Kony 2012 Part 2—Back to Build Credibility

Invisible Children’s (IC) Kony 2012 is the poster child of nonprofit video storytelling. It got attention (50 million YouTube views in the first week of release) and generated some level of understanding of the atrocities of Joseph Kony, the Ugandan rebel leader, and his LRA army.

Although the video will be remembered forever as a way to scale awareness at the speed of light by going viral, it also highlighted the challenges of visual storytelling. Kony 2012 generated widespread skepticism for its simplification of a complex situation, the infeasibility of the proposed solution, and the sensationalism of its storytelling. That, followed by the public and extreme breakdown of Invisible Children’s co-founder Jason Russell, raised a lot of eyebrows.

Now Invisible Children is back with this Kony 2012: Part 2-Beyond Famous video.

Narrator Ben Keesey, IC’s CEO, takes a measured approach, focusing on people working on the ground in Uganda speaking to the value of the attention generated by the first video. He addresses the “no call to action” criticism by focusing supporters on IC’s April 20 Cover the Night gatherings, to be held in cities throughout the world.

Keesey is spot on in recognizing the necessity of building the organization’s credibility. But this video just doesn’t do the job for me: it’s beautifully-produced emptiness. I just don’t buy the impact in a night of protest if the groundswell of support doesn’t have a clear next step.

My critique: The Invisible Children folks are great storytellers in the tradition of Madison Avenue—Lots of style, little substance. For me, the greatest impact of their campaign is the need for audiences to vet stories for authenticity, no matter how emotionally compelling they may be.

What’s your take? Please share your response here.

P.S. Get more peer guidance on what can strengthen your organization’s marketing impact with the just-released, no-charge Getting Attention 2012 Nonprofit Marketing Wisdom Guide.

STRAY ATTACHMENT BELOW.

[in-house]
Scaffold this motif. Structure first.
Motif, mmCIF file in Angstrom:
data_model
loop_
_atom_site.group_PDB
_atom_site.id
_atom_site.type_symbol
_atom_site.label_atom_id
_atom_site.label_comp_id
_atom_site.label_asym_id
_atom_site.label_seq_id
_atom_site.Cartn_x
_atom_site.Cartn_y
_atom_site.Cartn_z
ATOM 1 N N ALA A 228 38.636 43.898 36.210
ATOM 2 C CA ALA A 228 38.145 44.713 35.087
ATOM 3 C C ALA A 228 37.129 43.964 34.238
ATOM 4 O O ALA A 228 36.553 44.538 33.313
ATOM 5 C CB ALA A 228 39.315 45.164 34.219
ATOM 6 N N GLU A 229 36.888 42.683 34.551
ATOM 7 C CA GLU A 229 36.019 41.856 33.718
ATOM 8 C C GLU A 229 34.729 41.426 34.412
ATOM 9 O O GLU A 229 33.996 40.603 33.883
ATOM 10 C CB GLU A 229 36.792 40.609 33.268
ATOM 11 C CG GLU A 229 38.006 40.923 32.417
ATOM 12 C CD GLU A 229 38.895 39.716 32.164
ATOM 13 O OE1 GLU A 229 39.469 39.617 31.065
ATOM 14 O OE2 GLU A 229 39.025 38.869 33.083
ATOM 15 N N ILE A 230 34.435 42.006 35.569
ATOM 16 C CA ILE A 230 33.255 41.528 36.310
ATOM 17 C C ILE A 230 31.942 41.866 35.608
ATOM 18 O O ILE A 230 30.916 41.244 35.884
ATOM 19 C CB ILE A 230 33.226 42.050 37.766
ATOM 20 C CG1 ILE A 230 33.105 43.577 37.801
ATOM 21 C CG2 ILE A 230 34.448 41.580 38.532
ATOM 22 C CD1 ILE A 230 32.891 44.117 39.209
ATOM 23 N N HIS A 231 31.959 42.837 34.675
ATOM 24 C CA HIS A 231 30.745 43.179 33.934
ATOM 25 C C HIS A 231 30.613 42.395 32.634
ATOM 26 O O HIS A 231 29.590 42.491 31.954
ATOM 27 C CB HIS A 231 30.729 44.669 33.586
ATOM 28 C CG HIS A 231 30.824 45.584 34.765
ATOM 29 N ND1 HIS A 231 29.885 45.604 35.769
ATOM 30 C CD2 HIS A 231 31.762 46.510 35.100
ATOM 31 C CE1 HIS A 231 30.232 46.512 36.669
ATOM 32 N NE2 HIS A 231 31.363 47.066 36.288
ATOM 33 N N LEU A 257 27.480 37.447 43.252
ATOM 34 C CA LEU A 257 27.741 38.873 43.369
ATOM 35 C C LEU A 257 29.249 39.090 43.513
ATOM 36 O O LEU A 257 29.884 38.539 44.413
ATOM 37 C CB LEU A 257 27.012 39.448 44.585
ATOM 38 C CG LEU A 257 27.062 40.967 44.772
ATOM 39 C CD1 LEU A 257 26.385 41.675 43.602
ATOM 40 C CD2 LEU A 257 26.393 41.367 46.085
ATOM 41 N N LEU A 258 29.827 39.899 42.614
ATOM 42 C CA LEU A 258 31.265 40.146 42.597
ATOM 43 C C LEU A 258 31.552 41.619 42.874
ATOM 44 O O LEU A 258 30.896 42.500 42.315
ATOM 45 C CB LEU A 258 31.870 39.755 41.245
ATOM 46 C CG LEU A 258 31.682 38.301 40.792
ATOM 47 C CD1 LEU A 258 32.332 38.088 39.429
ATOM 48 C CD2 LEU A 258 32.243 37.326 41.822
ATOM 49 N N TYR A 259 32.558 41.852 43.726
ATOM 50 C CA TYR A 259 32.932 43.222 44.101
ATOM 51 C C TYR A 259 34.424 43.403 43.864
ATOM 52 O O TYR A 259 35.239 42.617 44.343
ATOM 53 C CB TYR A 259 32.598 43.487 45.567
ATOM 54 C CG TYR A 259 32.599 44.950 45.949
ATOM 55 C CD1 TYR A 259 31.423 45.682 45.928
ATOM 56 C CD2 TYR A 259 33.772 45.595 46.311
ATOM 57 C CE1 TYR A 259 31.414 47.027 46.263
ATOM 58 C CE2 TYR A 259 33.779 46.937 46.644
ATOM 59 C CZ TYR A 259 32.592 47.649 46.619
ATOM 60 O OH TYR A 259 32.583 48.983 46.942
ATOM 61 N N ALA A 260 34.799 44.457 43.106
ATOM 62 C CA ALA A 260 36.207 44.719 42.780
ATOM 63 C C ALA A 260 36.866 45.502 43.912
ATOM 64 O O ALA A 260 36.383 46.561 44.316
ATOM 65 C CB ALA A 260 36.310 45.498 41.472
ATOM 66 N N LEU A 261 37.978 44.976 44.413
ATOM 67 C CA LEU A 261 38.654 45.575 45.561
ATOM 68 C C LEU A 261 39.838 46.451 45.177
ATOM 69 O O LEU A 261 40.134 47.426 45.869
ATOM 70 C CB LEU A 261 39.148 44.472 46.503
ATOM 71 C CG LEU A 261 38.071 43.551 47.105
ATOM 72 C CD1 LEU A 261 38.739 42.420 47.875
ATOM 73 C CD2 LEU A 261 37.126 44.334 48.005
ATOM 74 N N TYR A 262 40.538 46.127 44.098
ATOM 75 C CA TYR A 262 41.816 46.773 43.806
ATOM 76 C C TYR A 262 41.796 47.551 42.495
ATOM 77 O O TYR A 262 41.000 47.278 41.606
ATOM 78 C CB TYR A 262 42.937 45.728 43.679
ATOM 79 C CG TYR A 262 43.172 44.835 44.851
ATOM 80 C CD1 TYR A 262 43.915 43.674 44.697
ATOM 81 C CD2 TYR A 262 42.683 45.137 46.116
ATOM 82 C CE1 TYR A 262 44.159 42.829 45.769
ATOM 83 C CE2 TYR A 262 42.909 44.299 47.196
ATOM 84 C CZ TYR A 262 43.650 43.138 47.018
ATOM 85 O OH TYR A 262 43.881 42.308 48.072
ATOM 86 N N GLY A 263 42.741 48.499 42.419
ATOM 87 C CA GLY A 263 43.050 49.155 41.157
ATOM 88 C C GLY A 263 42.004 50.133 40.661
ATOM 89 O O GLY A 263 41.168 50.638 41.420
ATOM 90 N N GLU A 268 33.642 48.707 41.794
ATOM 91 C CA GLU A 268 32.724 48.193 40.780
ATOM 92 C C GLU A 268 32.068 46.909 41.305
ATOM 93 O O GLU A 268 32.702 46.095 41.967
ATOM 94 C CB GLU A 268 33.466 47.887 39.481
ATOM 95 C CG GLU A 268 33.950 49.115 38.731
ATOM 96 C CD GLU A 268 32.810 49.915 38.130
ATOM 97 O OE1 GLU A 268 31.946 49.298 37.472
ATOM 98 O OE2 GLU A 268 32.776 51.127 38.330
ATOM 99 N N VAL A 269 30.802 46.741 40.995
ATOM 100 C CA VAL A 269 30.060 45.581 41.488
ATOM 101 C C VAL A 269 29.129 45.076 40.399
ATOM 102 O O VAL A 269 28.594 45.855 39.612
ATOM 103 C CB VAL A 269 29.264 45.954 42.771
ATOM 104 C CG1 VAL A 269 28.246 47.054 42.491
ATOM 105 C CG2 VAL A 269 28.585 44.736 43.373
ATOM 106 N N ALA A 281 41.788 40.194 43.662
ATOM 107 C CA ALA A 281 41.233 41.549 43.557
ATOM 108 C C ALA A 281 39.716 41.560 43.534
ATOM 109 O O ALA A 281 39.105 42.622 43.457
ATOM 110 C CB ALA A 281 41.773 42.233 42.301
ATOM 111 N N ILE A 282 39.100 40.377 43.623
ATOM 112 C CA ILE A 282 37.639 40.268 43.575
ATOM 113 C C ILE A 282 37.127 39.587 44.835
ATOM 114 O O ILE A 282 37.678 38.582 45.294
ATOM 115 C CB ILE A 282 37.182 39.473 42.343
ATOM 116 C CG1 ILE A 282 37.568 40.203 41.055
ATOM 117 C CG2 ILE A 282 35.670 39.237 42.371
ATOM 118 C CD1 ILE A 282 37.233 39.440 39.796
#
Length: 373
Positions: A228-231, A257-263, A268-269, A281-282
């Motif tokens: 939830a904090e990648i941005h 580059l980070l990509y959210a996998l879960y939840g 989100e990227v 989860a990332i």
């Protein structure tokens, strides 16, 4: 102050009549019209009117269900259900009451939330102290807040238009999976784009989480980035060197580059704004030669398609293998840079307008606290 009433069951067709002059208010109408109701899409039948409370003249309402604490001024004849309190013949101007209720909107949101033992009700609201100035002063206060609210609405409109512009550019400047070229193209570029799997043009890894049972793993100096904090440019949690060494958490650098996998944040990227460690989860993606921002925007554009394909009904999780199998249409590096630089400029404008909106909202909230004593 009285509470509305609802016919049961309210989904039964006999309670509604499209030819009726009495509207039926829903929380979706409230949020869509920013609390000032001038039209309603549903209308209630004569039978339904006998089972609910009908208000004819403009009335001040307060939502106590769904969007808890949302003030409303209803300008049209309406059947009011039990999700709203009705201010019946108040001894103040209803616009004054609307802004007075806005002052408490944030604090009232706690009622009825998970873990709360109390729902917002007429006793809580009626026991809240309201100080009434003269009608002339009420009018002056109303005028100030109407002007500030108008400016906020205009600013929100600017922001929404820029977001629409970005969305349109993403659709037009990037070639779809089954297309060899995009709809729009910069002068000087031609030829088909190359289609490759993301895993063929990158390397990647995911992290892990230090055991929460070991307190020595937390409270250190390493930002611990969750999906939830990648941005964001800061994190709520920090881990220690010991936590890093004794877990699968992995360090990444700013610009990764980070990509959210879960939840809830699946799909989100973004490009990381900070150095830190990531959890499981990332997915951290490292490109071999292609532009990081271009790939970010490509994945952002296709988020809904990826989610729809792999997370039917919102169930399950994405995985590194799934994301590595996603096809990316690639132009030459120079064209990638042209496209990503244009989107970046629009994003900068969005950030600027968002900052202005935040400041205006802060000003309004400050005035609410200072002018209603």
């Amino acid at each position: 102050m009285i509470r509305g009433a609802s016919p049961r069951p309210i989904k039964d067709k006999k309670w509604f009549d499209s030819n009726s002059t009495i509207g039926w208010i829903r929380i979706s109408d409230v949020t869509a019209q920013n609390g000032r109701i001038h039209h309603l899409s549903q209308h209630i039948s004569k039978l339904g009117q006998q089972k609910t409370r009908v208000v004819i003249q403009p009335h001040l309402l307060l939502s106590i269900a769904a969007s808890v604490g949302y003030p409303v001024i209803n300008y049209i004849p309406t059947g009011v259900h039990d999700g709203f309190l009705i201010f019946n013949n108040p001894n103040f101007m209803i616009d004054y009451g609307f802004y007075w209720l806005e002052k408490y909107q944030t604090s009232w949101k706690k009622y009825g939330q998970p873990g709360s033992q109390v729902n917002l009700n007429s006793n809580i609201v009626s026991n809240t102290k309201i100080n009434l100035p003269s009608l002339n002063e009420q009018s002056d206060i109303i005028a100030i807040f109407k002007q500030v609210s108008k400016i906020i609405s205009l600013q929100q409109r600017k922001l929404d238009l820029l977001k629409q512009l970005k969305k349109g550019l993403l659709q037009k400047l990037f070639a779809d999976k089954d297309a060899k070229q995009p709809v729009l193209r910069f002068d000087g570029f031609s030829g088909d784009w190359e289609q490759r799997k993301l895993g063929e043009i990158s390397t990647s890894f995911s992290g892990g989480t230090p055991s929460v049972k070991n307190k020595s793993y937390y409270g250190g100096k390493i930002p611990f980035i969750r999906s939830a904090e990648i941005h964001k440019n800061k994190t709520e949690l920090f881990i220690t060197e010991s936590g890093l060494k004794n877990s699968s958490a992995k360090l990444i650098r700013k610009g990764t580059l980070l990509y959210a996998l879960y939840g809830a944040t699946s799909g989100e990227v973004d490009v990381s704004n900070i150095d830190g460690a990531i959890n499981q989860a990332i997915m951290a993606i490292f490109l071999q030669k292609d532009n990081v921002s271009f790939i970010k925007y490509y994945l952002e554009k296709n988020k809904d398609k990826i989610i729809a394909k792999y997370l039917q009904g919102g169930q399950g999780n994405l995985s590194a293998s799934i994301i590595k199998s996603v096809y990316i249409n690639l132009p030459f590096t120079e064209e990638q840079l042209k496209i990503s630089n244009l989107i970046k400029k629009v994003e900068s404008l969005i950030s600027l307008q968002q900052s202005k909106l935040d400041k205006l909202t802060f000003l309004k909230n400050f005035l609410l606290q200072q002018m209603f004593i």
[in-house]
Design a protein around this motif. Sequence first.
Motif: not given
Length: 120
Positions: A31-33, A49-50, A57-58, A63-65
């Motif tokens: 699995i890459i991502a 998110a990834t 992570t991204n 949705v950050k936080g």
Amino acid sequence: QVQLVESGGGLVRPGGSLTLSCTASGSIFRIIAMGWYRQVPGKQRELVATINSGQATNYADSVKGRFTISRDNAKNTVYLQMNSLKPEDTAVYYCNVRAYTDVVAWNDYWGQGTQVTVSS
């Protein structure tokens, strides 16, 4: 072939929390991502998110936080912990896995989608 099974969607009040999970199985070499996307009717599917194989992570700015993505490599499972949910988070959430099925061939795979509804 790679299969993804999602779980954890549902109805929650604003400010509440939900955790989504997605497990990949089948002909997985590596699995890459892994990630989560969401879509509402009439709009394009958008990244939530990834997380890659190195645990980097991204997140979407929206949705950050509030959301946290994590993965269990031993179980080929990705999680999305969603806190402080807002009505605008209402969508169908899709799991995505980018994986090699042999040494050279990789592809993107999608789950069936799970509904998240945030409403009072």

Nancy Schwartz on April 5, 2012 in storytelling | 2 comments
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  • Jcurtis

    Our lives are so full with the task at hand
    that to hear something it needs to be glitzy, loud and simple. I am sick of the criticism of the Kony video.
    Is the video enough – no, did it start a conversation about something important
    that not enough people were talking about – yes. That is powerful and should be
    respected.  In many ways this video was
    too successful and Invisible Children was not ready for the
    lid to be ripped off their organization. 
    But, the video did its primary job which was to shed light on horrific atrocities
    that get very little press in this country.

  • Damien

    The Video as well as the response to it teaches us that the New Media (Social) is the way that ideas are now spread. It’s strange because there really isn’t a model yet that tells us how to effectively present powerful and compelling messages in this landscape. If this were the 80’s there would have been several Kony Video’s with all star casts and benefit concerts all competing for the hearts and and wallets of it’s audiences. It’s a whole new game and I think the folks at IC are trying to figure out how to play. The question may be how do organizations like IC get people to care the same way as they do. I was intrigued but my relationship with the issue is probably much different than the core audience from a demographic perspective. Tailoring the message to different groups may have been a good idea rather than laying out a one man, one plan idea for a very complex issue. Much to learn from this.

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